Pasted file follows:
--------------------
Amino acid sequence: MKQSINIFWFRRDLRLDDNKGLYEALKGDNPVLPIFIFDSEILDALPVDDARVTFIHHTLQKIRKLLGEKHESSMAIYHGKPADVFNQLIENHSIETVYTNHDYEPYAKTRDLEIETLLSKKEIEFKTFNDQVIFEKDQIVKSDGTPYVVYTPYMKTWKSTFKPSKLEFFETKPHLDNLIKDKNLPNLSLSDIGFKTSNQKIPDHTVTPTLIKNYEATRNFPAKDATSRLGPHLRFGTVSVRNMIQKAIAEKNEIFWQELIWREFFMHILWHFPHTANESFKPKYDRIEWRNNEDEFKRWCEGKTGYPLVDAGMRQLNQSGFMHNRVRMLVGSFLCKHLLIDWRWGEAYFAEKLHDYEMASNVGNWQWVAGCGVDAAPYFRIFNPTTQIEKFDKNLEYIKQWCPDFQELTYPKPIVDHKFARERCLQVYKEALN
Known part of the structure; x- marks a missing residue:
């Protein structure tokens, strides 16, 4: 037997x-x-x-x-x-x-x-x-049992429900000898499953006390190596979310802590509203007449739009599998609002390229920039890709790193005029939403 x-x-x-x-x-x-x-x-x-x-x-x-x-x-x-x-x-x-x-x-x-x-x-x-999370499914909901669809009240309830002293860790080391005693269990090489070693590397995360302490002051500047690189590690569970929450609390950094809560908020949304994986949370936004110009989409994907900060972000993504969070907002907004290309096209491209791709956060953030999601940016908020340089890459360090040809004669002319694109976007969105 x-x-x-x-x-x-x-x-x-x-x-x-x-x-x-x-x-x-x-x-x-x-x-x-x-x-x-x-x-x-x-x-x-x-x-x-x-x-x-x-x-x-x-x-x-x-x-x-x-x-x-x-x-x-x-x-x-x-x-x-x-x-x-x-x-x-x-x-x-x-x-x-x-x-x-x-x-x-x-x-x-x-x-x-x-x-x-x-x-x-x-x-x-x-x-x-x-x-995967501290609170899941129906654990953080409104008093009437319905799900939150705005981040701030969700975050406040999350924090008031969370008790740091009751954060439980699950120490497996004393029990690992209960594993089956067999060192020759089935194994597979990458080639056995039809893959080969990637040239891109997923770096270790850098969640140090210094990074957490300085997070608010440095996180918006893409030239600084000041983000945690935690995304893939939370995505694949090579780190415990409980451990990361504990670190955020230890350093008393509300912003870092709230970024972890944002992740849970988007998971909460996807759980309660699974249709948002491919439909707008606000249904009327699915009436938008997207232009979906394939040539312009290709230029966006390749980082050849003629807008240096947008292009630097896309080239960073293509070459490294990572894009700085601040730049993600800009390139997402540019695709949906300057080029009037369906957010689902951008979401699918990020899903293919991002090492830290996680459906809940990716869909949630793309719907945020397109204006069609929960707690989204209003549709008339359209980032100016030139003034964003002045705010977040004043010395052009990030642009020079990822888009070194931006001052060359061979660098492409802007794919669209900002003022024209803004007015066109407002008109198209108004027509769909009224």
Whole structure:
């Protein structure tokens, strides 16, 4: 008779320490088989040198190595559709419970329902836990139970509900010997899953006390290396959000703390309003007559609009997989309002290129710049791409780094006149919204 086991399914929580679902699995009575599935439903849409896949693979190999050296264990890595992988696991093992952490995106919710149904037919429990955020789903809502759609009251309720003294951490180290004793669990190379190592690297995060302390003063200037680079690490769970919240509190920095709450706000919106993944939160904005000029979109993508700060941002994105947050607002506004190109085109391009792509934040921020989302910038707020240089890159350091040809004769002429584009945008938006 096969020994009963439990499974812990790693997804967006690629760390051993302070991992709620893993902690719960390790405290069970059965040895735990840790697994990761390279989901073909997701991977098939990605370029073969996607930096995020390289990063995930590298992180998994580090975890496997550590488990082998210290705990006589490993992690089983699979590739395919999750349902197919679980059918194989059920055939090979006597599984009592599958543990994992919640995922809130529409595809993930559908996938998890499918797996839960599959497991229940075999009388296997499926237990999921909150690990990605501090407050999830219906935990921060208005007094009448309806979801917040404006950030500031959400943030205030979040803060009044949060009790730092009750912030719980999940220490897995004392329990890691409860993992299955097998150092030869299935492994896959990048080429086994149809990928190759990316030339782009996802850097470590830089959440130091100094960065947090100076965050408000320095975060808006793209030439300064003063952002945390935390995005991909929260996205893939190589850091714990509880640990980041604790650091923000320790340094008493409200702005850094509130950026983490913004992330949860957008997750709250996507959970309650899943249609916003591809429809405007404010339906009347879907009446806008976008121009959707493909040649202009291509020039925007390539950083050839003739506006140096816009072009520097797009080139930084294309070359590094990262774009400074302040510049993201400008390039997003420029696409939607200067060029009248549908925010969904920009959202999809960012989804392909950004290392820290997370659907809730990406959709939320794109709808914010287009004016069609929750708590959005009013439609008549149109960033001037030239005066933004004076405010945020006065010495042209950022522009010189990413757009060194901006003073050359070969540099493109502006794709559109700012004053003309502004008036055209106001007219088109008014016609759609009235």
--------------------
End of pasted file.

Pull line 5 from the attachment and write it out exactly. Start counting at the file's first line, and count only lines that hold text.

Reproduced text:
């Protein structure tokens, strides 16, 4: 008779320490088989040198190595559709419970329902836990139970509900010997899953006390290396959000703390309003007559609009997989309002290129710049791409780094006149919204 086991399914929580679902699995009575599935439903849409896949693979190999050296264990890595992988696991093992952490995106919710149904037919429990955020789903809502759609009251309720003294951490180290004793669990190379190592690297995060302390003063200037680079690490769970919240509190920095709450706000919106993944939160904005000029979109993508700060941002994105947050607002506004190109085109391009792509934040921020989302910038707020240089890159350091040809004769002429584009945008938006 096969020994009963439990499974812990790693997804967006690629760390051993302070991992709620893993902690719960390790405290069970059965040895735990840790697994990761390279989901073909997701991977098939990605370029073969996607930096995020390289990063995930590298992180998994580090975890496997550590488990082998210290705990006589490993992690089983699979590739395919999750349902197919679980059918194989059920055939090979006597599984009592599958543990994992919640995922809130529409595809993930559908996938998890499918797996839960599959497991229940075999009388296997499926237990999921909150690990990605501090407050999830219906935990921060208005007094009448309806979801917040404006950030500031959400943030205030979040803060009044949060009790730092009750912030719980999940220490897995004392329990890691409860993992299955097998150092030869299935492994896959990048080429086994149809990928190759990316030339782009996802850097470590830089959440130091100094960065947090100076965050408000320095975060808006793209030439300064003063952002945390935390995005991909929260996205893939190589850091714990509880640990980041604790650091923000320790340094008493409200702005850094509130950026983490913004992330949860957008997750709250996507959970309650899943249609916003591809429809405007404010339906009347879907009446806008976008121009959707493909040649202009291509020039925007390539950083050839003739506006140096816009072009520097797009080139930084294309070359590094990262774009400074302040510049993201400008390039997003420029696409939607200067060029009248549908925010969904920009959202999809960012989804392909950004290392820290997370659907809730990406959709939320794109709808914010287009004016069609929750708590959005009013439609008549149109960033001037030239005066933004004076405010945020006065010495042209950022522009010189990413757009060194901006003073050359070969540099493109502006794709559109700012004053003309502004008036055209106001007219088109008014016609759609009235």